The Case of the Comparison Pricing
Dear Glass Detective,
I have a 2015 Mini Cooper 2 door hatchback with factory-installed rain-sensing wipers. I am seeing a great spread in price between two well-known windshield replacement companies. Both tout OEM glass. Why the price difference?
Thank you for making contact with the Glass Detective with your questions regarding what appears to be a wide price variation for the glass you are looking to replace in your vehicle. There are a number of reasons why a large price variation may appear when you are looking to replace a piece of glass and I will give you a few of them before I make a specific recommendation.
- The workload at certain shops may be heavier than at others so prices are raised (temporarily) to actually discourage customers from using a particular shop. This may sound strange but most glass replacement shops have capacity limits and if this means that jobs have to be done after hours (at a much higher labor cost) they may raise prices accordingly. At one time, Glass Detective was responsible for the daily management of 72 auto glass replacement facilities and we often raised prices when we were over capacity and lowered prices when we were slow and in need of work.
- You may be getting the old “bait-and-switch” routine wherein a lower price is quoted initially but when it comes time to actually do the work you are told that there are extra parts or labor requirements now needed and so the price needs to be adjusted.
However, keep in mind that automated online quotes are not 100% accurate. Quoting systems that rely on producing a price based on your car’s year, make and model, will normally return the lowest part prices available. Upgrade options such as rain sensing wipers, a noise-reducing acoustic interlayer, or other features integrated into the windshield won’t be taken into consideration and the quote will be inaccurate.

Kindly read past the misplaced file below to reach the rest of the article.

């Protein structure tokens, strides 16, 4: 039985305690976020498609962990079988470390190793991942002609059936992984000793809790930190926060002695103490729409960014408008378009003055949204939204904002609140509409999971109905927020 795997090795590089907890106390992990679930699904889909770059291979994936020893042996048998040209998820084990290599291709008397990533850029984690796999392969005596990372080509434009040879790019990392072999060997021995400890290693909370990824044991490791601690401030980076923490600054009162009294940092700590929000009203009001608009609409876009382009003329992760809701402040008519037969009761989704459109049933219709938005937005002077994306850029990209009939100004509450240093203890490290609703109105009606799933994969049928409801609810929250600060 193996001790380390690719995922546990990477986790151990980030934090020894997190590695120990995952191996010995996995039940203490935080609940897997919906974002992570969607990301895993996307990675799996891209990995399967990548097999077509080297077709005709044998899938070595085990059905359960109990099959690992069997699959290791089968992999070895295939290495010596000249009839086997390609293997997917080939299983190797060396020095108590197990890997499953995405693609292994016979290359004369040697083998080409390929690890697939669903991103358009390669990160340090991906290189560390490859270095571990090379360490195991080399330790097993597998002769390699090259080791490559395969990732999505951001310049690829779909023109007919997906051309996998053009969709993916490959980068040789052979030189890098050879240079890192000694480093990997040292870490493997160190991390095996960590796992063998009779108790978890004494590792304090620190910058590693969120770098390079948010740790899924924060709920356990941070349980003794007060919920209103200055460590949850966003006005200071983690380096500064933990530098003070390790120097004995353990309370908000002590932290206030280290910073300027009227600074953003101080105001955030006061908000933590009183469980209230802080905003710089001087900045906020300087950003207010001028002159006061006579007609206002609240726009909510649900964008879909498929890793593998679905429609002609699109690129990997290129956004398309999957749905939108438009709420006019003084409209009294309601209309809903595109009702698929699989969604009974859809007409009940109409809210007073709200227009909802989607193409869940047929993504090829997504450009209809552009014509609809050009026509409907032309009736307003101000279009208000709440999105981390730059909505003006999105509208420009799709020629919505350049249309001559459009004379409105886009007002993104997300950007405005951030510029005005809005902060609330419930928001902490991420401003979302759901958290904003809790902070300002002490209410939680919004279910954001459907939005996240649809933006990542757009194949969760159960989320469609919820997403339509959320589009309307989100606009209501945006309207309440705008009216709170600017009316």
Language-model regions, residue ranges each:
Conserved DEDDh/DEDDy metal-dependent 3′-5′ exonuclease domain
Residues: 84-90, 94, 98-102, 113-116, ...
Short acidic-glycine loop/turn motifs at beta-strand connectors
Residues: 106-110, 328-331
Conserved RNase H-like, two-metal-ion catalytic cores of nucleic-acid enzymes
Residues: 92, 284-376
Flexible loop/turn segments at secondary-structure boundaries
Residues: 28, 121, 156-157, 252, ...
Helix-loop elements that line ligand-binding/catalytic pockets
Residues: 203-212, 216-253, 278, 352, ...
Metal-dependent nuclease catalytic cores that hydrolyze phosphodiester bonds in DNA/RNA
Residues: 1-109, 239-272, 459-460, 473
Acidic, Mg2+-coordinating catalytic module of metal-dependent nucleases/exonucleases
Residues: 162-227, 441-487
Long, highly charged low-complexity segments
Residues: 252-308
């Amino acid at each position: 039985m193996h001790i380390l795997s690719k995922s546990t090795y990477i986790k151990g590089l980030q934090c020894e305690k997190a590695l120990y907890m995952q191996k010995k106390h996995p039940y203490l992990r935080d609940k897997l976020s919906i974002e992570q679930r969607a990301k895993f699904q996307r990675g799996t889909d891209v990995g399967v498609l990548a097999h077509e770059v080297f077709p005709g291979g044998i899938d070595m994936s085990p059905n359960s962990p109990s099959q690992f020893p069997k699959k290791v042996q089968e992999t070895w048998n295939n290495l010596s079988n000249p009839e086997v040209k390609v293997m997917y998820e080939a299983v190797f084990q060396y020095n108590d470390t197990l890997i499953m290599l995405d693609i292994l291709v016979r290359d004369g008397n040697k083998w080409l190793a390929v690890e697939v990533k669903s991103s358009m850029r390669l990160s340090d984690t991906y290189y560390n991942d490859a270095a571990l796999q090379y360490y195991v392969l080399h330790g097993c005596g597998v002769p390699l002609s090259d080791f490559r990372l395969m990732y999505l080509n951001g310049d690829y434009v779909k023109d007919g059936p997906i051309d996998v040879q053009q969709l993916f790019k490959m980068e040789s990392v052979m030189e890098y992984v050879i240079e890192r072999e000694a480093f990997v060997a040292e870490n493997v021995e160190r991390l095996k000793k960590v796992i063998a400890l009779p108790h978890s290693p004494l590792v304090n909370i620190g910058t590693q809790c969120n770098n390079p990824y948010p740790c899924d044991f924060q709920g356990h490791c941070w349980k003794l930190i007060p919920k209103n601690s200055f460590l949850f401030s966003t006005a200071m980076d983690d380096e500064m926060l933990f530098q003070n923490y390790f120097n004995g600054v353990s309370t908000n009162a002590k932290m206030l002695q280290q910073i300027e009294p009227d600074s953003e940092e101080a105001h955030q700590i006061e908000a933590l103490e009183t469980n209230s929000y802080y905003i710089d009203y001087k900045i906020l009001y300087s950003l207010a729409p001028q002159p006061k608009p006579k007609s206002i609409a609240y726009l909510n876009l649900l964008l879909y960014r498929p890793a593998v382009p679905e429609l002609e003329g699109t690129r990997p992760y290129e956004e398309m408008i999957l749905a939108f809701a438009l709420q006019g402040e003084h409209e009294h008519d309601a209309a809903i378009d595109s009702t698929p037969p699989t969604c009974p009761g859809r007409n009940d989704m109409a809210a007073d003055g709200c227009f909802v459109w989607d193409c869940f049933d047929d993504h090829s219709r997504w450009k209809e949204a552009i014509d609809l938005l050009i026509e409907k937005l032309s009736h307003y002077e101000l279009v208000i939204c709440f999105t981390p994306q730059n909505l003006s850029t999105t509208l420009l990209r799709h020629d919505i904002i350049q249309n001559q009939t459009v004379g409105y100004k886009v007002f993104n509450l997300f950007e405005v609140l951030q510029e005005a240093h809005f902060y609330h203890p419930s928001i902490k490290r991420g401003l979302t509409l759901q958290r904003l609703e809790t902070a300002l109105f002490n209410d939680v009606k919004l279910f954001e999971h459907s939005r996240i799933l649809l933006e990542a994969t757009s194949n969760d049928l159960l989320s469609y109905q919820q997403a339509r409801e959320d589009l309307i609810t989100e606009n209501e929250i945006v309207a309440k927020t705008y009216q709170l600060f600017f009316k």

Online quote tools that are more accurate will collect your car’s Vehicle Identification Number (VIN). A VIN is a special code unique to your specific car that, when decoded, reveals information about the car such as factory installed options. Using the VIN normally gives a much more accurate idea of what windshield needs to be installed. Therefore, a more accurate price can be quoted.
- Just because a supplier tells you they are using OEM glass or glass that meets the same specs, does not necessarily make it true. I would guess that 99% of the people who own automobiles could not tell an OEM glass part from a non-OEM or OEE glass part.
The low price glass shop may have a surplus of a given part that they want to get rid of to make room for other inventory. Maybe they meant to order 5 of something but ordered 50 instead and could not return the overage.
- Your guess is as good as mine!!!
Just for fun (and yes, the Glass Detective will sometimes do strange things for fun), I went to an independent site in your zip code and got quotes on your glass (I assumed the glass to be replaced was a windshield) and the two prices I received were exactly 76 cents different from each other. The site I went to was www.glass.com (not owned by any glass manufacturer or installation shop).
To compare the price of multiple shops in your local area side-by-side, simply go to www.glass.com, type in your zip code, enter your vehicle information, and choose the quote that works best for you. From there, you can easily book your appointment online and rest assured your glass will be replaced quickly and reliably.
The price quotes on glass.com are controlled by the companies you see listed and include standard parts and labor. Taxes and upgraded parts, which could be needed depending on your vehicle’s specific options, may be extra. Prices might adjust slightly for these reasons, but we do not tolerate any companies who practice “bait and switch” techniques.
In conclusion, I will again thank you for contacting the Glass.com Glass Detective with your request and I wish you good fortune with your project.